When I was growing up, there seemed to be an understanding. If you were female, you would make a great teacher. Or nurse. Or mother.

For some reason, these options felt too limiting to me and didn't appeal to me at all. I had different aspirations. Maybe it was because I was a little bit rebellious or maybe because my parents told me I could be anything I wanted to be – and I believed them.

I knew I couldn't be a teacher because I saw how rotten my classmates were to our teachers (especially Mr. Guppy...they were unimaginably horrific to that poor man).

I couldn't be a nurse because I didn't like touching strangers, especially if they were sweaty or bloody or... strange. And then there was the role of wife and mother. This seemed to me to be a dead end as well – especially the mother part.

I didn't dislike kids, in fact I imagined myself as the lady who baked cookies for all the neighborhood children who had rotten parents. I imagined that I would help in the nursery at Sunday School so I could get my cuteness-fix. Then their parents would come pick them up and I could keep focused on a career that would bring me gobs of money.

I had boyfriends on and off through the years, but my mind never wavered if the subject came up. But during my junior year in college, I met The One. In fact, I felt like he was so perfect for me, that I began wanting babies with him – lots of them. Twelve of them to be exact, according to my journal.

In this relationship, the prospect of having children became a joyous side benefit of a life filled with love and him. Then we broke up and I was crushed. Absolutely. Fully. Totally. Crushed. I barely held it together during my classes. The moment they were over, I'd rush to my second-hand couch in my crooked little apartment, and sob, blubber, and weep the rest of the day away. I was a mess.

Many months later, I met someone else. He seemed nice enough. He was funny. He had promise. He wasn't a terrible person. So, little by little, I let go of the yearning for Mr. Right and thought I could settle for Mr. Good Enough. But the idea of having children with Mr. G.E. filled me with the same ideas I had held as a teen. In fact, the more I got to know G.E., the more my unconscious mind realized that he still was a child and the idea of having babies with him filled me with anxiety. I was not having children with this man.

Long story short, I did end up with the man of my dreams (thank God). But the mind-shift was complete. I had grown up shunning the prospect of having kids, then embraced it, then shunned it once again. This time it was final.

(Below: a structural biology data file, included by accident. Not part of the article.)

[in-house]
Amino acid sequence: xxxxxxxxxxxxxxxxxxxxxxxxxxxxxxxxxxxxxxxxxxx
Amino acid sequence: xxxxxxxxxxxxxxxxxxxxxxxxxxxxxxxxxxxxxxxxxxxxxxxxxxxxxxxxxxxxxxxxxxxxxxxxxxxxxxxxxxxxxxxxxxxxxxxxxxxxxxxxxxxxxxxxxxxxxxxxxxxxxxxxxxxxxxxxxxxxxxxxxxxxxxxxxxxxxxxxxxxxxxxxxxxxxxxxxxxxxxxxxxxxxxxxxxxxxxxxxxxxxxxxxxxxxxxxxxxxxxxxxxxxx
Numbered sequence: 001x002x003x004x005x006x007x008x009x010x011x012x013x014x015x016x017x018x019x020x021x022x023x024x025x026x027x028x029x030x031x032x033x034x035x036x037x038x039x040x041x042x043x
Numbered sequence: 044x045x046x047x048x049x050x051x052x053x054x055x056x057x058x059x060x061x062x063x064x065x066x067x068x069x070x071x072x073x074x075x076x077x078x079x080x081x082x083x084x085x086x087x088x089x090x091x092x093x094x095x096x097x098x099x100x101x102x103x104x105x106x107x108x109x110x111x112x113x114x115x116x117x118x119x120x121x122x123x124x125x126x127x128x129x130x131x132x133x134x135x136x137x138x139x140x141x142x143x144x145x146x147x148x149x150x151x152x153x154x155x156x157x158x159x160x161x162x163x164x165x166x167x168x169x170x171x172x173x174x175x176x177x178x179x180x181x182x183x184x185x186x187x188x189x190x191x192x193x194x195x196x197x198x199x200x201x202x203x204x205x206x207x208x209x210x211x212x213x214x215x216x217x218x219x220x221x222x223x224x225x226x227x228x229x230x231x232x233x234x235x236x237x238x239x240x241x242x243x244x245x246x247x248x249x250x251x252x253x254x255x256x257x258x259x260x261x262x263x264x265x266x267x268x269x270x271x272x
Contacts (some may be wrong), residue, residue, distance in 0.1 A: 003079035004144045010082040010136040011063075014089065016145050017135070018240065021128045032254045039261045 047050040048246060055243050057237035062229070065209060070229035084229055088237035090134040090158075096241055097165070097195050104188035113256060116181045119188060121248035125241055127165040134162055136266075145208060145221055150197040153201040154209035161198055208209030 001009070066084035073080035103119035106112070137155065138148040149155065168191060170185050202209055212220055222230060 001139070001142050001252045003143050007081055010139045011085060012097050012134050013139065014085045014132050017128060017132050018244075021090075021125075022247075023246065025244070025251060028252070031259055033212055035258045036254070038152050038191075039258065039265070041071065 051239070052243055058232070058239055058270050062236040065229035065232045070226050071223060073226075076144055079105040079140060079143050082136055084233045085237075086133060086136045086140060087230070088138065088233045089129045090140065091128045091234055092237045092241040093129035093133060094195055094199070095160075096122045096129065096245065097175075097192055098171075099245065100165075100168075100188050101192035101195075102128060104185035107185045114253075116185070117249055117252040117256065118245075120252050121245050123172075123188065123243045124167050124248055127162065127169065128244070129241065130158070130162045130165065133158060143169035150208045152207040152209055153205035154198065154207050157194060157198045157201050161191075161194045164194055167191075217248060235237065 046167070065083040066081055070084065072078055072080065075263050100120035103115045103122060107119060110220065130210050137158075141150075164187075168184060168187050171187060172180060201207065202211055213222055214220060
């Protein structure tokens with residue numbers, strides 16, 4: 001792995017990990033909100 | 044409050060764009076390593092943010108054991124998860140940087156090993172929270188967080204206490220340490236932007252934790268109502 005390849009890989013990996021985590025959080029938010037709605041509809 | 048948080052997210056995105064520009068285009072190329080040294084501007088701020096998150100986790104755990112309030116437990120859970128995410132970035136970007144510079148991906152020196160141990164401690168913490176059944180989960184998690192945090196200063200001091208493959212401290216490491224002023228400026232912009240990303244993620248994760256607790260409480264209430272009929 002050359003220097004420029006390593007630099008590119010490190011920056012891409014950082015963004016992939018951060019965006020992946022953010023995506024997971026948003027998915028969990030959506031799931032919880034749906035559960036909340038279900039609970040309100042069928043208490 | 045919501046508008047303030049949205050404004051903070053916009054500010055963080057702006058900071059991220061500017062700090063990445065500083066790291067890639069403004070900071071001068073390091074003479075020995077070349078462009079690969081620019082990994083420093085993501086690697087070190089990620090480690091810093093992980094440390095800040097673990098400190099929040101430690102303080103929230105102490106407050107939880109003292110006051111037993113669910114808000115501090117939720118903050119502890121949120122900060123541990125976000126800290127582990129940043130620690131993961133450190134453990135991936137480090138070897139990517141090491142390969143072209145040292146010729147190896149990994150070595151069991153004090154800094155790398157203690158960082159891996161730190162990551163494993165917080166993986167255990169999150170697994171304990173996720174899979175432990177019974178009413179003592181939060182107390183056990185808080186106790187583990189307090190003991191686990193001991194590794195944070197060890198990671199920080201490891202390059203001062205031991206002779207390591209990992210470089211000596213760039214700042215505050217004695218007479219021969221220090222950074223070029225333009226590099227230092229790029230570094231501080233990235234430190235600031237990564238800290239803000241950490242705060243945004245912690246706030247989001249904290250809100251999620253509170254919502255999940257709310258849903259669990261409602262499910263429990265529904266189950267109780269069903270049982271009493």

And so, before Mr. Right (Rick) and I got married and set up house, I told him that I was not interested in having children. Rick said he wanted whatever I wanted, and so it was decided. No babies for us.

Five years later, I got pregnant. The next nine months were an emotional roller coaster. What would happen to my career? Was my ladder climb over? Was my rise to the top just a dream? As time passed, I got used to the idea, but I prayed, if I have to have a kid, please make it a girl. I just can't handle a boy.

When our little one was born, the midwife asked Rick to help. As he helped welcome the child, he whispered into my ear, "Honey, your little girl has a penis." I burst into tears.

The birth had been hard on my body. Rick is six feet tall and a lumberjack of a man. I am 11 inches shorter and small boned. The boy took after his dad, and need I say, I sustained some injuries that had me bedridden for three weeks. This turned out to be a gift, as I wasn't able to return to life as normal immediately. Instead I was "trapped" in bed with my newborn. During this time, I got to know this little human being and fell deeply and madly in love.

Now I can't imagine life without him. He has taught me so much about love, laughter, life, creativity, compassion, and imagination. My career took some unexpected twists and my priorities shifted a bit – and that's okay.

I now have a pretty clear understanding of both sides of the fence – life sans children and life filled with them. They both have their benefits and their drawbacks. I'm happy that I had time for both. The first five years of marriage without our son helped us solidify our relationship. And these last 15 years of marriage with our boy have been an adventure that I wouldn't trade for anything. Through it all, I have worked on my professional journey – with a better balance than before.

The biggest thing I learned was that perspective shifts over time. Meeting the love of my life gave me a viewpoint I hadn't had before. Having a child certainly shifted everything around. And my career – even though I'm still on the path and find great joy in it – takes a backseat to more important things like cuddles, naps and exploring the backyard.

Sometimes decisions are based on limited information. Sometimes your gut gives you new information that you hadn't considered before. And sometimes life throws you into situations you never thought you'd be in. End goals can change. And that's not always a bad thing.